Chad Miller wrote:
"Personally I think it's rather silly and obtuse to have to read a book in order to learn how to live a minimalist / simple lifestyle.
If you as a person need an instruction manual in order to live a simpler life then you will never be able to do so. Living a simple lifestyle is a personal choice that involves you as a person deciding how you can make your life simplistic. What will work for you in your life may or may not work for someone else"
Chad, I don't get your point. So shut up and don't bother? Henry David Thoreau wrote about this sort of thing in the 1840's and is revered for it. You could say that it is a personal choice for *any* lifestyle change subject, including hiking, ergo the phrase "hike your own hike." The point is to share what works for the author and identity the paradigm shift to others.
Years ago I had a BBS and I opened a thread about simple living and creating limits to work within. My personal challenge was that I was being mired down by my possessions, that they owned me. Simply put, every asset is a liability. All the STUFF I owned needed storage, maintenance and organization. In my thread I offered the idea of creating defined physical limits to what we owned. I came up with the idea of being able to put everything I owned in a one meter cube (much as you put all your gear in a certain size backpack). The objections to my idea were strong and negative. So many people said that it wasn't possible and I was puzzled by it. Certainly, half the people on the planet would see a one meter cube full of personal possessions as great wealth!
Another way to approach this shift in thinking about possessions is to work in reverse: you have nothing but the clothes on your back and you are going to select to tools you will live with. If it helps, make believe that you are going to live on an island or another planet. You are allotted a one meter cube for all your possessions. Fill 'er up!
There is so much more to simple living-- utilization of resources, career and income level, housing, rural vs urban living, etc, etc. The goal is to get all the details organized so you can live your life in a way that brings you joy and satisfaction. In the same way, UL hiking allows you to enjoy the hike.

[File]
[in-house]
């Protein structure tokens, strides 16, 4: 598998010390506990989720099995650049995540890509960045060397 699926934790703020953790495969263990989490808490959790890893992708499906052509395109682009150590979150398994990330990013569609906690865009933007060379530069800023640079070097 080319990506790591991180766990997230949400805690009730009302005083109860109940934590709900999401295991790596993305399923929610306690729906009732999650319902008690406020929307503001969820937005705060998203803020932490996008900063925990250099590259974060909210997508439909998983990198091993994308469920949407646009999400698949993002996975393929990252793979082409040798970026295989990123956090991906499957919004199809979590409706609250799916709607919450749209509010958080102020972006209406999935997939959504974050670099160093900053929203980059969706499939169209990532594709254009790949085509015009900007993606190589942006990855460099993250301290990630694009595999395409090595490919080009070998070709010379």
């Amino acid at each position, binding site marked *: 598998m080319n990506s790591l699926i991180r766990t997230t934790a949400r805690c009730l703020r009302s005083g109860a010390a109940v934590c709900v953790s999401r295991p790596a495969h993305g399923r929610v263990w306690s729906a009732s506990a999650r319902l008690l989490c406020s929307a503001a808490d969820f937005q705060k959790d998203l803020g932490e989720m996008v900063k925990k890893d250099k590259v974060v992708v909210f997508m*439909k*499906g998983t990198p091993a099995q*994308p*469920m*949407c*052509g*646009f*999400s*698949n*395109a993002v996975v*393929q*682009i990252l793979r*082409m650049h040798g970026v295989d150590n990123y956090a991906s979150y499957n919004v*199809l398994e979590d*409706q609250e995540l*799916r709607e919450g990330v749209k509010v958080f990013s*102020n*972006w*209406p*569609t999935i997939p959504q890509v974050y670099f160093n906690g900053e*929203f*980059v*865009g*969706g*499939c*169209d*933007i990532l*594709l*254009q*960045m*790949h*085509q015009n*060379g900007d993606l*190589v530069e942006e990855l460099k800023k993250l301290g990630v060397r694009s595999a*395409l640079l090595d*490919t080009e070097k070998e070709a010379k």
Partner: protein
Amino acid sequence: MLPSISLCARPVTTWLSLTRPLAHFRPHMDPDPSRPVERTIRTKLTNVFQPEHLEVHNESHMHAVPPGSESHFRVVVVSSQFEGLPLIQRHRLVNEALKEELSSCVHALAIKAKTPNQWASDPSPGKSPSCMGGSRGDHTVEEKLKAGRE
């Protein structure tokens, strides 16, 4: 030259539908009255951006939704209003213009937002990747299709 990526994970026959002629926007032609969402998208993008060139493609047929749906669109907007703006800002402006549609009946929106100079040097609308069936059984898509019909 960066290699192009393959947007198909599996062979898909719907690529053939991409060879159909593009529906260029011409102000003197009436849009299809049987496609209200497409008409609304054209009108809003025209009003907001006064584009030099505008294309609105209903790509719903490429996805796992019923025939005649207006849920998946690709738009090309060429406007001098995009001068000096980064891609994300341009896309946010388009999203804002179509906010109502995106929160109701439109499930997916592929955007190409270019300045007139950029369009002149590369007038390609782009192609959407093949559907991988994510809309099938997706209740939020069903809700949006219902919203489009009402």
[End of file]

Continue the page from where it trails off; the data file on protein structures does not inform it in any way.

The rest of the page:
I've said before that UL hiking involves a sort of hyper materialism, where each item is thoroughly scrutinized and selected for it maximum performance with weight being the leading criterion.
At a time when overpopulation, pollution, dwindling resources and climate change are major concerns, what and how we consume are critical choices. The planet you save may be your own!
Applying the tenets of UL hiking to our daily lives makes a lot of sense to me:
*Take (own) only what you will actually use
*Seek products that have multiple uses
*Let function take precedent over fashion
*Seek products that deliver the highest performance
*Seek products that suit your true personal needs
Typically self help books appeal to someone who finds themselves in crisis but can't identify the problem--- or the solution. In this case someone has dealt with an issue and found solutions and shared them. Thoreau did it and Ray Jardine and Ryan Jordan have too. Saying that if you need instructions (help) to change your lifestyle means that you will never be able to accomplish change is so terribly negative and defeating!